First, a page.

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Shinobu Seattle Budokan

[ SENSEI MATT KEISER ]


Sensei Matt Keiser, Shihan Alex Mordine, and Sensei Philip Gigler
Sensei Matt Keiser with Shihan Alex Mordine and Sensei Philip Gigler



Sensei Matt Keiser began studying martial arts upon entering the U.S. Air Force in 1992. He has studied various systems, among them Aikido/Aiki-jujutsu, in Seattle and in Japan under Shihan Miyako Fujitani, former wife and training partner of movie celebrity Steven Seagal. He also studied Karate as a part of his Aiki-jujutsu training, and Kajukenbo Kung Fu. He quickly settled on Bujinkan Taijutsu as his "home base", training and teaching in the U.S., Turkey, Thailand and in Japan under Shihan Alex Mordine, head of the Shinobu Dojo, and with Dr. Masaaki Hatsumi, Soke (grandmaster) of the Bujinkan Dojo worldwide. In 1999 while training in Japan he received his Shodan (first degree black belt) in the Bujinkan. In December of 1999 he opened the Shinobu Seattle Budokan. Original Shinobu Seattle Logo He continued to serve as dojo cho until August of 2000, at this time he promoted Sensei Philip Gigler to Dojo cho of the Shinobu Seattle Budokan. He then decided to go back to Japan to further his training.

Matt prefers to look beyond the opinions of many martial arts instructors who describe their arts as "The best method" or "The most combat effective method". His philosophy is one of open-minded curiosity coupled with careful scrutiny and skepticism. His opinion of the Bujinkan system is that it is not the "Be all, end all" of martial arts, but that it is a very broad and potentially very effective system when practiced properly. Because of its broad scope, he considers the Bujinkan his "home base" art in relation to other martial arts. In other words, techniques and ideas from other arts can be incorporated into Taijutsu, but Taijutsu cannot usually be incorporated into other arts, due to their specific focii (i.e. Judo is for throwing, Karate is for kicking/punching, etc.).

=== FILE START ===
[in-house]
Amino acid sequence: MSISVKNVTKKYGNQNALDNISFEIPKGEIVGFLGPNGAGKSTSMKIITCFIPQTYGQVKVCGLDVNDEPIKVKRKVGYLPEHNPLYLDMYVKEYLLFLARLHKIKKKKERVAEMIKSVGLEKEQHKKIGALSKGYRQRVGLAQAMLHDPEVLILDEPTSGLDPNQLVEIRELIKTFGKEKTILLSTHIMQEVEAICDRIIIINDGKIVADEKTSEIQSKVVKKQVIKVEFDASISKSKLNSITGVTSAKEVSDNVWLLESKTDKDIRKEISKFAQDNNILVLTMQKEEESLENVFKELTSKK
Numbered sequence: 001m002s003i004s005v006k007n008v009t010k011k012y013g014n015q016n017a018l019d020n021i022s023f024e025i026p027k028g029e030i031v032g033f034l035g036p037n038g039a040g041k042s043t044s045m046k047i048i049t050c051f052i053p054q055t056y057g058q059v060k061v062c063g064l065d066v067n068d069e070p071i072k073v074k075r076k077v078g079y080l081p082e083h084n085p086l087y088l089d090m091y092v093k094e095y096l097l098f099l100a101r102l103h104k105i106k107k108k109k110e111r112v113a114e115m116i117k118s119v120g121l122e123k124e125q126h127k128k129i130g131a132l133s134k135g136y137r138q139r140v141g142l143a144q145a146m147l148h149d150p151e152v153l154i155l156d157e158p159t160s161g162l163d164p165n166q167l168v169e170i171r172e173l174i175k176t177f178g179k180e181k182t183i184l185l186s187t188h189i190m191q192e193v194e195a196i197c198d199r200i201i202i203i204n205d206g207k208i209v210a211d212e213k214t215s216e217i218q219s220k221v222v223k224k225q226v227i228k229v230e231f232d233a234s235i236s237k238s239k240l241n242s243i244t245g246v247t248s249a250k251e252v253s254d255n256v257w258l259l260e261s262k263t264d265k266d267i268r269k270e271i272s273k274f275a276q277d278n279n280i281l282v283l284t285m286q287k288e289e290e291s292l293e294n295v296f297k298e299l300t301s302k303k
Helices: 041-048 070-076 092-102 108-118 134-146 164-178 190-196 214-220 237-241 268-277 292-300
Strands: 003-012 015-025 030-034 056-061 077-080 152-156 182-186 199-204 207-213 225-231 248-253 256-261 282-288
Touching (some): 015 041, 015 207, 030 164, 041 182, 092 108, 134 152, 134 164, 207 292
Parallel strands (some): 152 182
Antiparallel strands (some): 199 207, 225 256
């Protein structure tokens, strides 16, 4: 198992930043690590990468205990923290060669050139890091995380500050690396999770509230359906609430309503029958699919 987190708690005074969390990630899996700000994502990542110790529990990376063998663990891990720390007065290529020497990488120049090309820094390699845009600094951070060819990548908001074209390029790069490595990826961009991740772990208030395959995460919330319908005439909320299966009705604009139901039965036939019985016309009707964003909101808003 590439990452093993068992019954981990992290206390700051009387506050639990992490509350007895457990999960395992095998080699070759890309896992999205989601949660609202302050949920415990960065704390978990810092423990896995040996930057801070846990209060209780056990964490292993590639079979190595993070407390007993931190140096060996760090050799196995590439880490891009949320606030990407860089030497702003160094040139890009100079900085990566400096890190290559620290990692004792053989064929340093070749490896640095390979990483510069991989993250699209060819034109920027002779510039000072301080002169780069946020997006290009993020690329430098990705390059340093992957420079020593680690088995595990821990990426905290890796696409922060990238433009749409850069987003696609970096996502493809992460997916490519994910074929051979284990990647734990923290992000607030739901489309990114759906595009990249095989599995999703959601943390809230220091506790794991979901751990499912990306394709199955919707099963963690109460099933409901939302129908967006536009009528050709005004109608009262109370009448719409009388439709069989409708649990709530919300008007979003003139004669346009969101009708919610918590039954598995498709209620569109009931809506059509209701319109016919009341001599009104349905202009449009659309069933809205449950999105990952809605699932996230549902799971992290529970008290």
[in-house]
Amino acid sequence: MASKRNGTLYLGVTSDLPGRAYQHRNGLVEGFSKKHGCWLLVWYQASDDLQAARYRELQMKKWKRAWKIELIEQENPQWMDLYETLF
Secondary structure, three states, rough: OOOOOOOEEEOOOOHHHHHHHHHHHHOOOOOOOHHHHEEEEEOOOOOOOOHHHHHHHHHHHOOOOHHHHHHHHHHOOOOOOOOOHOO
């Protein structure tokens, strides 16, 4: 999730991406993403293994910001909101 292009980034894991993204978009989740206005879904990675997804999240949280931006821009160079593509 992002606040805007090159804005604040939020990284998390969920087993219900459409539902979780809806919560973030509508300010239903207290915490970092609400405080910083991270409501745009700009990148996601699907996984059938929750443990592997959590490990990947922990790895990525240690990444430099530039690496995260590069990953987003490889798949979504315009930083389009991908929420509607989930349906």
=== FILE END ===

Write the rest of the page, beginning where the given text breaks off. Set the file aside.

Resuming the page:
His philosophy is reflected in his dojo motto "Shinjutsu No Ko Budo" or "True Old Martial Way", meaning that the "old martial way" was one in which a warrior could learn from any source, and could use anything he encountered in his life as something potentially useful, as opposed to blindly following a single teacher who supposedly had knowledge of the only "true martial way". Thus, to follow the "true old martial way" means to follow your own instinct, and to realize that your teachers are not authorities who have all the answers, but are students further along on their path than you are on yours.




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